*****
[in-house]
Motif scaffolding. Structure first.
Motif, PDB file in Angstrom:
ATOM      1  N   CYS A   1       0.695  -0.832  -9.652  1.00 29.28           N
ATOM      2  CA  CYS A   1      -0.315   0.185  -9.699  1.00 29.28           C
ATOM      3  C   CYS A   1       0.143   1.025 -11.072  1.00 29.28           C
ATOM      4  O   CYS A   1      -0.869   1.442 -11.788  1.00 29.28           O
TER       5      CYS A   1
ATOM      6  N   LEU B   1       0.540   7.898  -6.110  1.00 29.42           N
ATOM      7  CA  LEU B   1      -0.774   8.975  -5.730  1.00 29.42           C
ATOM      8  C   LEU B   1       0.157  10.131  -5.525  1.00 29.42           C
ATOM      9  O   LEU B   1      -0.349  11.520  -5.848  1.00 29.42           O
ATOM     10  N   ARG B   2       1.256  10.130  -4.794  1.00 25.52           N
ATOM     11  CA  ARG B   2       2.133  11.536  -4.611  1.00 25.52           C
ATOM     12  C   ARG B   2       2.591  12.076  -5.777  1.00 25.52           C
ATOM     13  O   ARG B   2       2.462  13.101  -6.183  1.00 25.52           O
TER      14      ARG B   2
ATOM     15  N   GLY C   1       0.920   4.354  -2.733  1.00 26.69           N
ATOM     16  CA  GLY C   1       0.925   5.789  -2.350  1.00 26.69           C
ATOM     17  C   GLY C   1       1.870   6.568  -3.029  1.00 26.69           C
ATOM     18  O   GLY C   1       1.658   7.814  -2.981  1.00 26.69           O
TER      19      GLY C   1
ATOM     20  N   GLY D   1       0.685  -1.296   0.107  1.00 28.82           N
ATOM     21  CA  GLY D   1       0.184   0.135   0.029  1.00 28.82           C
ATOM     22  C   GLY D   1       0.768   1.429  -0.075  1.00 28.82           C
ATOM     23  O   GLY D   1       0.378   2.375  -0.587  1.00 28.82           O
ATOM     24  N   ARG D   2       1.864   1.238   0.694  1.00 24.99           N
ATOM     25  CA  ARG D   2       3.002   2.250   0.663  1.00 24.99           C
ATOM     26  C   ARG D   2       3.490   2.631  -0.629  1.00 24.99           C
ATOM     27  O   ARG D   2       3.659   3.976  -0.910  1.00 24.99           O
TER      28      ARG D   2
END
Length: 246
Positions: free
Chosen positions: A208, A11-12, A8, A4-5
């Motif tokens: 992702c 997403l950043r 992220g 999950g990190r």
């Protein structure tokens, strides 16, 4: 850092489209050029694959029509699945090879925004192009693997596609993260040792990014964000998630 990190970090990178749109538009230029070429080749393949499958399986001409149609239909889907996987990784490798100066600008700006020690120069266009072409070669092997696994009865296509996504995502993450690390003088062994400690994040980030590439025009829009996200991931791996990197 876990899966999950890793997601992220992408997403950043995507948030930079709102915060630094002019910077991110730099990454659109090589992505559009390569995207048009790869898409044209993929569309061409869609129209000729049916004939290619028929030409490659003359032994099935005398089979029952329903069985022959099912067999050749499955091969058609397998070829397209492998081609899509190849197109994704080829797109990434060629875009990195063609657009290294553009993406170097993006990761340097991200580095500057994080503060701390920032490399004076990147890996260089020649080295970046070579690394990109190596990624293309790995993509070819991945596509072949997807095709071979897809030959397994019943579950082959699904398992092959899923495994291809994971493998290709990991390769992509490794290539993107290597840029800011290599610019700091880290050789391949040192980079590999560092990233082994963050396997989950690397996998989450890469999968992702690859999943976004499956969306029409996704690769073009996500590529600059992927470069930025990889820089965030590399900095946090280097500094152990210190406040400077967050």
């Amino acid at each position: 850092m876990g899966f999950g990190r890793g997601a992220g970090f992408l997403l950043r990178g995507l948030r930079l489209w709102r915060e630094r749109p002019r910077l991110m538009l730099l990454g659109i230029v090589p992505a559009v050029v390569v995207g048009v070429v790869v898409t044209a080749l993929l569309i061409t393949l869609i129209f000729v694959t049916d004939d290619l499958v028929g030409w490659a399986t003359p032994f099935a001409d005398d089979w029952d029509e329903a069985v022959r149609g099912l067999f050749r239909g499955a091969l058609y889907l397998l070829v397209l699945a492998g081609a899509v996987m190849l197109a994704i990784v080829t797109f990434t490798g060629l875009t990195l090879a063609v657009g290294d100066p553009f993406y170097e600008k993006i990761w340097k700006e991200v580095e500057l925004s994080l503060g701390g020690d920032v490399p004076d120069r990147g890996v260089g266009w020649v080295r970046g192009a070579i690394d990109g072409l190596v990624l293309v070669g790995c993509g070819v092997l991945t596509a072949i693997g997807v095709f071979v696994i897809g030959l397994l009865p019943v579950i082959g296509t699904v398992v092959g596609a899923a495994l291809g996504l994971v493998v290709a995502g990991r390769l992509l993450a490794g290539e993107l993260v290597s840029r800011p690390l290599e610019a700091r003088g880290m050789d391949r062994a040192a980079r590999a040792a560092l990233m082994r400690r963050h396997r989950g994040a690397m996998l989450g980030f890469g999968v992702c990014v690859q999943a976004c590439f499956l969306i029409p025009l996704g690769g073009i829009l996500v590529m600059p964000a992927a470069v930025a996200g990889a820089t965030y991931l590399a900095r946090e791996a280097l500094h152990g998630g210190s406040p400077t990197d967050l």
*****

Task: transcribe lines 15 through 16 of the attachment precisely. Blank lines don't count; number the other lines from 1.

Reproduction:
ATOM     12  C   ARG B   2       2.591  12.076  -5.777  1.00 25.52           C
ATOM     13  O   ARG B   2       2.462  13.101  -6.183  1.00 25.52           O